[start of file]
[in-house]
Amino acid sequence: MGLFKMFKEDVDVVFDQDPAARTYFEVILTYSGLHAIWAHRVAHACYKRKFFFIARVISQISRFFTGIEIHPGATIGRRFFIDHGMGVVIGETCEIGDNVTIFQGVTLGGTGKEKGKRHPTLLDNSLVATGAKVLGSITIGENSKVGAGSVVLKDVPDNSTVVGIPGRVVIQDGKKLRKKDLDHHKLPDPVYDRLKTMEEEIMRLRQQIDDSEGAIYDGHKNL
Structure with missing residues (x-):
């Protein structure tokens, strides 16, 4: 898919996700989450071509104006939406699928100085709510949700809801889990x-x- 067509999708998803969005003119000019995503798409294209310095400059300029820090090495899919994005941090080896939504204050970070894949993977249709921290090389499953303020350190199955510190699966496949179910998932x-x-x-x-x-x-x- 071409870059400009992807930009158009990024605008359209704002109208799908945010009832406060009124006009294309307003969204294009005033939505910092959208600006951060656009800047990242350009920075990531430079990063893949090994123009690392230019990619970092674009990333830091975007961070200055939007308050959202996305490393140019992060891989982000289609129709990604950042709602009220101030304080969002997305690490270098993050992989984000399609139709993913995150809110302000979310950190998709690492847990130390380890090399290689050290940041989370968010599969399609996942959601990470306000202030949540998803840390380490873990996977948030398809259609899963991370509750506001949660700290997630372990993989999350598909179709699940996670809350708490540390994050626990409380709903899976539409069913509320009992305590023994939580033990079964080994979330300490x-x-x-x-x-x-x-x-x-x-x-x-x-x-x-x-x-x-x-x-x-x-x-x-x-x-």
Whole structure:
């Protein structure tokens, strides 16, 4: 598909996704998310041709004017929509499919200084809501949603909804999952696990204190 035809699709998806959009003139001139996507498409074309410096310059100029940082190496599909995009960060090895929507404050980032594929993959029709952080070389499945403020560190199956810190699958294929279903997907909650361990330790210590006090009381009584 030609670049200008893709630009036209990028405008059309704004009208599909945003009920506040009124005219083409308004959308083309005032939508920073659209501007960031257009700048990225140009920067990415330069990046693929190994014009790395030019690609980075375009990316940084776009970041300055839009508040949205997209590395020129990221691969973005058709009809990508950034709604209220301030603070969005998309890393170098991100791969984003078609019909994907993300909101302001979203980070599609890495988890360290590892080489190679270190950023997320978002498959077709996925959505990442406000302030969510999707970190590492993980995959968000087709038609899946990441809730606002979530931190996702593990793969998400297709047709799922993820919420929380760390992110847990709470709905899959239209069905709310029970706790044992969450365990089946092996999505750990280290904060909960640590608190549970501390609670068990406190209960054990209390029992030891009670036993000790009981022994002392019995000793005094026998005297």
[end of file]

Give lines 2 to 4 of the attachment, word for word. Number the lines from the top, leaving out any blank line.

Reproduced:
Amino acid sequence: MGLFKMFKEDVDVVFDQDPAARTYFEVILTYSGLHAIWAHRVAHACYKRKFFFIARVISQISRFFTGIEIHPGATIGRRFFIDHGMGVVIGETCEIGDNVTIFQGVTLGGTGKEKGKRHPTLLDNSLVATGAKVLGSITIGENSKVGAGSVVLKDVPDNSTVVGIPGRVVIQDGKKLRKKDLDHHKLPDPVYDRLKTMEEEIMRLRQQIDDSEGAIYDGHKNL
Structure with missing residues (x-):
């Protein structure tokens, strides 16, 4: 898919996700989450071509104006939406699928100085709510949700809801889990x-x- 067509999708998803969005003119000019995503798409294209310095400059300029820090090495899919994005941090080896939504204050970070894949993977249709921290090389499953303020350190199955510190699966496949179910998932x-x-x-x-x-x-x- 071409870059400009992807930009158009990024605008359209704002109208799908945010009832406060009124006009294309307003969204294009005033939505910092959208600006951060656009800047990242350009920075990531430079990063893949090994123009690392230019990619970092674009990333830091975007961070200055939007308050959202996305490393140019992060891989982000289609129709990604950042709602009220101030304080969002997305690490270098993050992989984000399609139709993913995150809110302000979310950190998709690492847990130390380890090399290689050290940041989370968010599969399609996942959601990470306000202030949540998803840390380490873990996977948030398809259609899963991370509750506001949660700290997630372990993989999350598909179709699940996670809350708490540390994050626990409380709903899976539409069913509320009992305590023994939580033990079964080994979330300490x-x-x-x-x-x-x-x-x-x-x-x-x-x-x-x-x-x-x-x-x-x-x-x-x-x-």